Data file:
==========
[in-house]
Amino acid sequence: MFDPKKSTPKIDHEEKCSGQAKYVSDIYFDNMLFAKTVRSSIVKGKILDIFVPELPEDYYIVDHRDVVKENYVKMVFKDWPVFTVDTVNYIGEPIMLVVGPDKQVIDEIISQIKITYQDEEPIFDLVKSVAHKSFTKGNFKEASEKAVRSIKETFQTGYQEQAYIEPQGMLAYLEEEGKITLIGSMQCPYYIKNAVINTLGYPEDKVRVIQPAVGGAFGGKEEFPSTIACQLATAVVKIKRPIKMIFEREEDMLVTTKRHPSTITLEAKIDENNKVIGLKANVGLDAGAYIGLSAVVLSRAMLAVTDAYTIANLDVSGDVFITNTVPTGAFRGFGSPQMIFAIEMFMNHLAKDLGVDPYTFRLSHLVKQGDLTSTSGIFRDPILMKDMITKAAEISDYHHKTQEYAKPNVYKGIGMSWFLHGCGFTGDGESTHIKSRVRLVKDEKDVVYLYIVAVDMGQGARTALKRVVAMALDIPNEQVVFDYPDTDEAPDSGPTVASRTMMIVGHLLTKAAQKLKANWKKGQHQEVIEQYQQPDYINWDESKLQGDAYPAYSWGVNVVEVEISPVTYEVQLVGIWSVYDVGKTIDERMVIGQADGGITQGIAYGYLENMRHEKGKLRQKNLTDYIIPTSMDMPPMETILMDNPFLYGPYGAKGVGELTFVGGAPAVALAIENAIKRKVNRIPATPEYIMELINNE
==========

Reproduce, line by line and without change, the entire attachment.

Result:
[in-house]
Amino acid sequence: MFDPKKSTPKIDHEEKCSGQAKYVSDIYFDNMLFAKTVRSSIVKGKILDIFVPELPEDYYIVDHRDVVKENYVKMVFKDWPVFTVDTVNYIGEPIMLVVGPDKQVIDEIISQIKITYQDEEPIFDLVKSVAHKSFTKGNFKEASEKAVRSIKETFQTGYQEQAYIEPQGMLAYLEEEGKITLIGSMQCPYYIKNAVINTLGYPEDKVRVIQPAVGGAFGGKEEFPSTIACQLATAVVKIKRPIKMIFEREEDMLVTTKRHPSTITLEAKIDENNKVIGLKANVGLDAGAYIGLSAVVLSRAMLAVTDAYTIANLDVSGDVFITNTVPTGAFRGFGSPQMIFAIEMFMNHLAKDLGVDPYTFRLSHLVKQGDLTSTSGIFRDPILMKDMITKAAEISDYHHKTQEYAKPNVYKGIGMSWFLHGCGFTGDGESTHIKSRVRLVKDEKDVVYLYIVAVDMGQGARTALKRVVAMALDIPNEQVVFDYPDTDEAPDSGPTVASRTMMIVGHLLTKAAQKLKANWKKGQHQEVIEQYQQPDYINWDESKLQGDAYPAYSWGVNVVEVEISPVTYEVQLVGIWSVYDVGKTIDERMVIGQADGGITQGIAYGYLENMRHEKGKLRQKNLTDYIIPTSMDMPPMETILMDNPFLYGPYGAKGVGELTFVGGAPAVALAIENAIKRKVNRIPATPEYIMELINNE